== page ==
St. Anton am Arlberg

For the bold and brave – on piste and off. Rated as on of the top five alpine resorts for very good reason, St. Anton has it all, exceptional skiing, outstanding off-piste and one of if not the best après-ski scene in Europe. Boasting some serious heritage to boot, it’s the birthplace of the “Father of Modern Skiing” the legendary Johann ‘Hannes’ Schneider and where après-ski originated. This cosmopolitan resort is perfect for the advanced, on and off the slopes.


Skiing in St. Anton

Situated at 1,305m with the Valluga cable car taking you up to 2,810m, there are runs a plenty ranging from moderate to the plain insane. St. Anton is fully deserved of its cult status and its slopes are not a place for the fainthearted. Blues here would be considered reds in many other resorts. However if you like throwing caution to the wind and you’re confident enough on the steep or to have a crack at the black, this is definitely the resort for you.

1304 m








Skiing in St. Anton - the cradle of alpine skiing

St. Anton is well deserved of it’s cult status and generally suits the more advanced professional skiers and boarders who flock here from around the world to enjoy the diverse terrain and endless off piste. Its consistent snow record, extensive and varied ski area (340km of pistes, 200km of off-piste itineraries and over 55km² of off-piste terrain) and modern network of 97 lifts make St. Anton the largest and one of the best ski areas in the Arlberg. Undoubtedly favouring the stronger skiers and riders (blue runs here would be considered reds in most other resorts), St. Anton breaks down the marked but ungroomed off-piste runs into “normal” and “extreme” routes. However, even supposedly “normal” routes, like those coming down from Schindlerspitze and Kapall are to be approached with caution. “Extreme routes”, like the 18 down Valfagehr, are best tackled with a guide (often the best way to enjoy St Anton’s full potential).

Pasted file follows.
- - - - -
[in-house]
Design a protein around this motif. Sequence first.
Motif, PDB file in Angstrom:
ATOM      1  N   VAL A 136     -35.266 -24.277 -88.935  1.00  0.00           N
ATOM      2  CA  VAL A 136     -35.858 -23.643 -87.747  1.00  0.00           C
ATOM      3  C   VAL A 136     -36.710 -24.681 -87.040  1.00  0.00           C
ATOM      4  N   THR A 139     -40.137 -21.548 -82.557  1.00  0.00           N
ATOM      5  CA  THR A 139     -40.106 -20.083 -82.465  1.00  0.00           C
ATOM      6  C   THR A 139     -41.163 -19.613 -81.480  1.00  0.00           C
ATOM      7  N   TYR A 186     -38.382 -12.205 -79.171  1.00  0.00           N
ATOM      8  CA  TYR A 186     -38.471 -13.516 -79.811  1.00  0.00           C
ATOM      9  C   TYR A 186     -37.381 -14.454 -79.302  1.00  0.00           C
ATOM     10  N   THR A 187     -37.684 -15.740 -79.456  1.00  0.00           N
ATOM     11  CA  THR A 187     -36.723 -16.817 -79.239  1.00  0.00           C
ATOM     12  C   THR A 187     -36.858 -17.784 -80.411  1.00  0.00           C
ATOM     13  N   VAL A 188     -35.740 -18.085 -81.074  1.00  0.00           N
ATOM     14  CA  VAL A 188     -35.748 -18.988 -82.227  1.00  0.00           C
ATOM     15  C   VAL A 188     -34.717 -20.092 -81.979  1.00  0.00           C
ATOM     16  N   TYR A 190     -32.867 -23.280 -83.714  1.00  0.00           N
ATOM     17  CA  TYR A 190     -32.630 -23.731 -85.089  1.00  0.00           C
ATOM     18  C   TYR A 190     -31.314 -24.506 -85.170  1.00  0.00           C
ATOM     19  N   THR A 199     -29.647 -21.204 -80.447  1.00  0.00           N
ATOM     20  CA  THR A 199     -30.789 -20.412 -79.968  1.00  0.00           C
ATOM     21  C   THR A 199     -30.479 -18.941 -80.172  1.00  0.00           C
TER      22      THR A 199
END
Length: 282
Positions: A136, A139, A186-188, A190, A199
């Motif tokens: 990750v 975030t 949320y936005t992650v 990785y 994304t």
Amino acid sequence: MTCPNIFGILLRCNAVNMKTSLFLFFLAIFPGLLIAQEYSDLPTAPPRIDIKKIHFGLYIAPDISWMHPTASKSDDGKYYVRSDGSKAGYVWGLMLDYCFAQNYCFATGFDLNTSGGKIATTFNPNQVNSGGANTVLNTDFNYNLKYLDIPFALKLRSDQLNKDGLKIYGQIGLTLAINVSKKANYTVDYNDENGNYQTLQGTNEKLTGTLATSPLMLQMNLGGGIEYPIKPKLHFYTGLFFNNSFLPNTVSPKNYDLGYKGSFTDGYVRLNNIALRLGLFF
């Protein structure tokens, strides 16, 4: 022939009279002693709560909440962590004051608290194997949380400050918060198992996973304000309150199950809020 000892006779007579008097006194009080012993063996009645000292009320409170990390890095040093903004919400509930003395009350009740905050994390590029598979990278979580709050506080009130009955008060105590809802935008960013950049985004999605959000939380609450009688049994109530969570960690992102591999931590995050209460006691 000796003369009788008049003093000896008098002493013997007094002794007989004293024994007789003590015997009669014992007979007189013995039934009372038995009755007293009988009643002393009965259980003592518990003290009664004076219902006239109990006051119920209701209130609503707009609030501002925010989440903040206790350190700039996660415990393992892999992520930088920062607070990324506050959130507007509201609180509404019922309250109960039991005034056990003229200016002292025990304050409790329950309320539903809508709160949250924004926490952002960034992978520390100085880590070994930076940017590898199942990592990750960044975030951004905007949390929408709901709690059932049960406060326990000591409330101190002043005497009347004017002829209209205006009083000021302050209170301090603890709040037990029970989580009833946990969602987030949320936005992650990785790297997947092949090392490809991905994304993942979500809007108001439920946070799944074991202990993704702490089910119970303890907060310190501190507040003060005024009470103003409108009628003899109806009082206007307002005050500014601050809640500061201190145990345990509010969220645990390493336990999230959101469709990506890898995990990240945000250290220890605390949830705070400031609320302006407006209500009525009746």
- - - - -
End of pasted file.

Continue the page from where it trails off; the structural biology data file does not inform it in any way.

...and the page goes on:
It’s not all for the advanced though with nursery slopes at the base of the main ski area. You’ll need to progress quickly however to tackle the gentle blues further up the hill. St. Anton is also ideal for intermediates looking to perfect their technique on the tricky blue pistes and pick up the pace on the tough reds. There are also plenty of opportunities to develop a taste for off piste. Small children generally thrive here on the nursery slopes and there’s a superb children’s ski school and youth centre in nearby Nasserein. Beginners will want to stay around gentle Nasserein to start with, while comparatively quiet Rendl is ideal for intermediates looking to find their snow feet. The fast reds down from Albonagrat to St Christoph are great for perfecting carving, while a top to bottom from Valluga to St Anton will test the strongest of legs. Fancy your skills? Then why not time yourself on the Kapall World Cup piste and punish your knees on the Mattun and Schindler Kar mogul fields.

Most of St. Anton’s terrain is on the northern side of the valley, the same side as the town, though there’s also the smaller Rendl sector on the southern side. Rising directly above St Anton and Nasserein, the Gampen and Kapall mountains offer fairly gentle beginner slopes at their base, getting more challenging the higher you get. The pioneering Galzig gondola, the world’s first lift to boast a ferris wheel system enabling skiers and snowboarders to embark on ground level, whisks visitors west across the Moos valley to the Galzig mountain, where the ski area really starts to open up.

The resort of St. Christoph nestles in the valley south of Galzig, while the imposing Valluga and Schindler peaks rise up to the east. The large Valluga I cable car takes people towards the top of Valluga, while brave off pisters can continue up on the little Valluga II cable car to the very top at 2,811m. Press on northwest along the top of Galzig, and the town of Stuben lies in the next valley south. From here you can access the relatively quiet slopes on Albonagrat, while Zürs and Lech resorts lie further north.